In the late 1960s, the Nason family sold the property and it was expanded into Tucson’s first resort, offering fine dining, deluxe accommodations and banquet facilities overlooking the city, which had grown to more than 260,000 residents. In 1972, the restaurant was named the Gold Room and began a 25-year tradition of tuxedoed waiters preparing continental dishes tableside. In 1996, the restaurant evolved into a more casually elegant style with menus that reflected Southwestern and Sonoran ingredients. That year, the resort also added a spa, featuring therapies inspired by the desert and ancient healing traditions.
Today, Westward Look Wyndham Grand Resort & Spa encourages guests to discover the unique qualities of this lush Sonoran Desert setting, including abundant wildlife and clear, starry nights. Recently, the resort underwent a $14 million dollar renovation, updating the look and feel of virtually every resort area including the main lobby, guest rooms, meeting spaces, fitness center, outdoor areas, Lookout Bar & Grille and GOLD restaurant. A fusion of tradition and innovation, our resort is a desert oasis for business, recreational and family guests. The new color scheme draws inspiration from natural elements such as the lush desert landscape and warm Arizona sunshine.
Rooms are adorned with lavish features such as Sealy Posturepedic pillow-top mattresses, all-natural bedding, walk-in showers, 42-inch flat panel televisions and high-speed wireless Internet access. As Westward Look Wyndham Grand Resort & Spa has evolved over the decades, it remains steeped in authentic Southwestern charm and is committed to preserving its pristine Sonoran Desert setting – where, indeed, “the land is bright.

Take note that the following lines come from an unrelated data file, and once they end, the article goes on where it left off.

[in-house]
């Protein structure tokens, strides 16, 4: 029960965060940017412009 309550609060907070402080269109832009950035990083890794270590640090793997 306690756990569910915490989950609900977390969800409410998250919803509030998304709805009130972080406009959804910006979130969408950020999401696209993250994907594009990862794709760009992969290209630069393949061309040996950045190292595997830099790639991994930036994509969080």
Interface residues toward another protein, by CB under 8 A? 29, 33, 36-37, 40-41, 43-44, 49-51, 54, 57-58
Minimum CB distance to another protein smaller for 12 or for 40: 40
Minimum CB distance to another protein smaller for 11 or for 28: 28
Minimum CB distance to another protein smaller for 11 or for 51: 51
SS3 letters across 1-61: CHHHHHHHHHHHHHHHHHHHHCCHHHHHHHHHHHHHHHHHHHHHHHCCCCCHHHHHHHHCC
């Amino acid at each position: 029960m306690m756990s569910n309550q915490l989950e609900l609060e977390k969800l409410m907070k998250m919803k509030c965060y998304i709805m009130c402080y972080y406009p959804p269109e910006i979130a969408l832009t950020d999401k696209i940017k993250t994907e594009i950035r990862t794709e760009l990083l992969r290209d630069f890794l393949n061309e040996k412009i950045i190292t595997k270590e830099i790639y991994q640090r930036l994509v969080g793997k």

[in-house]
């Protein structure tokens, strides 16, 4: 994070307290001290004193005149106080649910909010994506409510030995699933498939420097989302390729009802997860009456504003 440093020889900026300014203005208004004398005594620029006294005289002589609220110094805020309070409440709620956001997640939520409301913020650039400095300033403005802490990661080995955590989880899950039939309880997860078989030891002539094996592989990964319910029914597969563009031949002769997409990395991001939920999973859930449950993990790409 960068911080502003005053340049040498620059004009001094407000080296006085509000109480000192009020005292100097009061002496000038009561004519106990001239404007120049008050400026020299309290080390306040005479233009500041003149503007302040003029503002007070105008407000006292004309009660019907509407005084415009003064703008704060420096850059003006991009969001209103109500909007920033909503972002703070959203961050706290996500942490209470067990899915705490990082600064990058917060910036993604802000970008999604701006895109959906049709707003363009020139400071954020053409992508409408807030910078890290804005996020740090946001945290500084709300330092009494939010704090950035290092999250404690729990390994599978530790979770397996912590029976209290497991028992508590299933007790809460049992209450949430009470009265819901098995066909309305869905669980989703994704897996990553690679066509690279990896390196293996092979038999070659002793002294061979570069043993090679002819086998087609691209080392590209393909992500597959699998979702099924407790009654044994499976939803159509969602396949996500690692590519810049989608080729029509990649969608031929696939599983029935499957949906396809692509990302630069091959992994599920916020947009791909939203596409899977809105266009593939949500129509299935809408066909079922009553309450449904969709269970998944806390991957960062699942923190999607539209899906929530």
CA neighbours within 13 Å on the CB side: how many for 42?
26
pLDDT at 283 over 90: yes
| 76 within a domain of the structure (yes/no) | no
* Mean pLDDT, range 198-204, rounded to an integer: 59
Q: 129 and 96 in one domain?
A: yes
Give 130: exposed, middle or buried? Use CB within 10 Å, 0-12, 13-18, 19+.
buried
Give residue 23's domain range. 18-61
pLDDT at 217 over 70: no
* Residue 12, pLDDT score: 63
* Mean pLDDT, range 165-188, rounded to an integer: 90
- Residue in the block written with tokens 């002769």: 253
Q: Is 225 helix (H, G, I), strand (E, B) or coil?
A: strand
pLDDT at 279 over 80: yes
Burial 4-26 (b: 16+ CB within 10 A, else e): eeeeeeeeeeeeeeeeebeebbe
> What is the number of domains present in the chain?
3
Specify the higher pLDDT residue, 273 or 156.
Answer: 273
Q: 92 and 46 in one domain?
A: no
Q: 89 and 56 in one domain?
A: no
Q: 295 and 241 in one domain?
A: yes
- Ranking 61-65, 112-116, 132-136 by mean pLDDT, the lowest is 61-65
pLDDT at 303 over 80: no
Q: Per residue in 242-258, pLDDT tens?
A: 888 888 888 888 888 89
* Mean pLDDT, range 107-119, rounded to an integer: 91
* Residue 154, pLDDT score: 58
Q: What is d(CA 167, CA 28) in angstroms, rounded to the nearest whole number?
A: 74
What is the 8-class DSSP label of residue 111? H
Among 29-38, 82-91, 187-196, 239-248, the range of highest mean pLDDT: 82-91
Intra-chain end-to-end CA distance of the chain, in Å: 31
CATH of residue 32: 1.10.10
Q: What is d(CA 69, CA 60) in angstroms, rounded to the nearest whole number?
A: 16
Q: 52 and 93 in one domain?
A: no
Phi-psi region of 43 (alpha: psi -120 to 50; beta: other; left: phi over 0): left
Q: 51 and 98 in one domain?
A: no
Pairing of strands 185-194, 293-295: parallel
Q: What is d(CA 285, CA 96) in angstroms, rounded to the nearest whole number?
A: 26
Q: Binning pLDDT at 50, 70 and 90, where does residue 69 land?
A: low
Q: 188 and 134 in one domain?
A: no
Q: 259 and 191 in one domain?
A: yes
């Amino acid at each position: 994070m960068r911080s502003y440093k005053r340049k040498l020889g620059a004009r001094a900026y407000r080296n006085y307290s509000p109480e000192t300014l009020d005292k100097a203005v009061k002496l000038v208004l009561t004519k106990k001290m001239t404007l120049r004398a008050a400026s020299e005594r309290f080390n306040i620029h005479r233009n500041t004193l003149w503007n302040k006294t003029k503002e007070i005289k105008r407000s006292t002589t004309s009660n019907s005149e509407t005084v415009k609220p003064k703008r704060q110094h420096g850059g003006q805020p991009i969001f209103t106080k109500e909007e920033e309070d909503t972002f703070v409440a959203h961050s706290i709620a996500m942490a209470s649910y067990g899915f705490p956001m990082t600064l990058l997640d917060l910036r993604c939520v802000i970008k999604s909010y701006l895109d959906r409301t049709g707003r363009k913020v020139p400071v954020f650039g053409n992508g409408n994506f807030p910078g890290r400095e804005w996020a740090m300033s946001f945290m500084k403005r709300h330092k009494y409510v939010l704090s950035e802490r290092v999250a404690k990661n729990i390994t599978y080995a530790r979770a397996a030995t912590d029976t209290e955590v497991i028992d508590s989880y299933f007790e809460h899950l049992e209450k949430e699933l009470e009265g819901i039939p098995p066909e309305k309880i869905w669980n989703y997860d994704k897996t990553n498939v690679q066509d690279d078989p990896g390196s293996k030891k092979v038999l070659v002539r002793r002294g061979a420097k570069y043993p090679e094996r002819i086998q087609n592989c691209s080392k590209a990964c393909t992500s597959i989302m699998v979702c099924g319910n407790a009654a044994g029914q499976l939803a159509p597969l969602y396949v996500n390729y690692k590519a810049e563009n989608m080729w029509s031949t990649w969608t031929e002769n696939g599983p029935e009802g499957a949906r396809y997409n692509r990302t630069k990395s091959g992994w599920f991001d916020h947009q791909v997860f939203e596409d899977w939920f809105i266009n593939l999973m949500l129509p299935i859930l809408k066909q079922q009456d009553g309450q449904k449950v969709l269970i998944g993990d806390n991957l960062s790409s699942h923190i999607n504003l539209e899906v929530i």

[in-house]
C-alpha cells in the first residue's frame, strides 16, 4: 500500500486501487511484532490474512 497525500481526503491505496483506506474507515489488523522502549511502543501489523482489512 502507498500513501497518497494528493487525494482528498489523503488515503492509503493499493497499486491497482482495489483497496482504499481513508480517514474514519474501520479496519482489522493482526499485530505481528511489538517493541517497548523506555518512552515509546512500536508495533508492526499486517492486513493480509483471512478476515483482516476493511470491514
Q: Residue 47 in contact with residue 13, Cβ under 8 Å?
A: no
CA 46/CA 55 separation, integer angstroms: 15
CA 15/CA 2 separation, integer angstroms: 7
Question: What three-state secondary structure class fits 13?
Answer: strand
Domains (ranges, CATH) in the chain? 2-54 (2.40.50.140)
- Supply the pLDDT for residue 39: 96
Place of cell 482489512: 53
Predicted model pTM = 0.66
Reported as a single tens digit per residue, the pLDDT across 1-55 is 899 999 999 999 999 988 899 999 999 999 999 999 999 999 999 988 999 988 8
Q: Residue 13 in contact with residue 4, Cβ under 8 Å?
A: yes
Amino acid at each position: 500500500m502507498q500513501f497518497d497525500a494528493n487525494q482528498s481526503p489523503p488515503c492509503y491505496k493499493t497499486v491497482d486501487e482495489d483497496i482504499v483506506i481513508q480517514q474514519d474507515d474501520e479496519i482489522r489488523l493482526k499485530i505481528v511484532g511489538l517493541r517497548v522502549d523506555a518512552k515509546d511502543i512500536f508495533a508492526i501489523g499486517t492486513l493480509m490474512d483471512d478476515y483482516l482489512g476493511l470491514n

SANTA GREW UP SURROUNDED BY SAGUAROS, NOT SNOW!
The jovial red-suited Santa Claus we know and love may reside at the North Pole – but he came to life on the warm sunny balcony of the Westward Look Resort overlooking the saguaro-studded desert in Tucson. In early 1930s, artist Haddon H. Sundblom, who wintered at the historic Westward Look Resort, was commissioned by The Coca-Cola Company to create a Santa that would be more appealing to children than the tall, thin somewhat stern Kris Kringleof European legends. Sundblom created a jolly Santa with rosy cheeks, twinkling eyes and fur-trimmed red suit that lifted the spirits of Americans during the Depression and quickly became the definitive image of Santa Claus around the world.
Between 1931 and 1966, Sundblom brought this new North Pole Santa to life in 40 paintings for Coca-Cola – and created many of them while basking in the warm Arizona sunshine on the balcony of his room at Westward Look Resort. Today Sundblom’s Santa still appears on holiday Coke cans and collectors seek out Sundblom’s Santa creations – particularly several that feature two adorable bright-eyed youngsters. Those children were Lani and Sancy Nason, daughters of the owners of Westward Look Resort. The models for Santa were Lou Prentice, a retired car salesman in Chicago, and “Hap” Arnold, a Tucson radio and television personality. In later years, Sundblom used his own face for Santa.
A 1953 article in Refresher magazine, published by Coca-Cola, shows Sundblom ,with “Santa” Arnold and the Nason girls gathered around his easel at Westward Look Resort. The girls’ mother, who still lives in sunny Tucson, recalls that she had to search for a place to special order the thick, warm pajamas that the children wore in the popular “Pause That Refreshes’” advertisements. Today the original Sundblom collection is housed at Coca-Cola’s “World of Coke” museum in Atlanta and Sundblom’s old room at the resort is a desert gallery – which includes a display about Santa, the Nason girls and the artist who painted these enduring holiday images.